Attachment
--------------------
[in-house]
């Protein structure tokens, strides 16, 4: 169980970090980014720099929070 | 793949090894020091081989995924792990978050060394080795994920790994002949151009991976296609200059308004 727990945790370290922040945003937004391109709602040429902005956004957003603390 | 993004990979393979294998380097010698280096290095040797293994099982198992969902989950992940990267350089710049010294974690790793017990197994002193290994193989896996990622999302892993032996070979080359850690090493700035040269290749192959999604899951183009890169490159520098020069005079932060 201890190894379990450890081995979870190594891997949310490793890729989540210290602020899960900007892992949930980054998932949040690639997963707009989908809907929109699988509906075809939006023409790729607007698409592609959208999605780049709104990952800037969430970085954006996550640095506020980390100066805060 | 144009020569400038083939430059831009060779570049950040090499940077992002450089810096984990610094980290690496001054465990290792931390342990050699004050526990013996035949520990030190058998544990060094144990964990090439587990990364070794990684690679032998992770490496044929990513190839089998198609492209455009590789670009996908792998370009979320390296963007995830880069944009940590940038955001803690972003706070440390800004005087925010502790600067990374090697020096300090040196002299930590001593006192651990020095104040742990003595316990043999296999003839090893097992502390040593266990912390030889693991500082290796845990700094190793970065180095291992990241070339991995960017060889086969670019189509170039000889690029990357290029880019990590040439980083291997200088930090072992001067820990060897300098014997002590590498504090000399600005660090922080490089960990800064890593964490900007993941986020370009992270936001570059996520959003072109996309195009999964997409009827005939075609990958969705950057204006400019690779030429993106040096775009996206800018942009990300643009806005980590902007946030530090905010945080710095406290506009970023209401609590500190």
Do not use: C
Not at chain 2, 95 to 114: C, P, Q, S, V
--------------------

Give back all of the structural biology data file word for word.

[in-house]
């Protein structure tokens, strides 16, 4: 169980970090980014720099929070 | 793949090894020091081989995924792990978050060394080795994920790994002949151009991976296609200059308004 727990945790370290922040945003937004391109709602040429902005956004957003603390 | 993004990979393979294998380097010698280096290095040797293994099982198992969902989950992940990267350089710049010294974690790793017990197994002193290994193989896996990622999302892993032996070979080359850690090493700035040269290749192959999604899951183009890169490159520098020069005079932060 201890190894379990450890081995979870190594891997949310490793890729989540210290602020899960900007892992949930980054998932949040690639997963707009989908809907929109699988509906075809939006023409790729607007698409592609959208999605780049709104990952800037969430970085954006996550640095506020980390100066805060 | 144009020569400038083939430059831009060779570049950040090499940077992002450089810096984990610094980290690496001054465990290792931390342990050699004050526990013996035949520990030190058998544990060094144990964990090439587990990364070794990684690679032998992770490496044929990513190839089998198609492209455009590789670009996908792998370009979320390296963007995830880069944009940590940038955001803690972003706070440390800004005087925010502790600067990374090697020096300090040196002299930590001593006192651990020095104040742990003595316990043999296999003839090893097992502390040593266990912390030889693991500082290796845990700094190793970065180095291992990241070339991995960017060889086969670019189509170039000889690029990357290029880019990590040439980083291997200088930090072992001067820990060897300098014997002590590498504090000399600005660090922080490089960990800064890593964490900007993941986020370009992270936001570059996520959003072109996309195009999964997409009827005939075609990958969705950057204006400019690779030429993106040096775009996206800018942009990300643009806005980590902007946030530090905010945080710095406290506009970023209401609590500190």
Do not use: C
Not at chain 2, 95 to 114: C, P, Q, S, V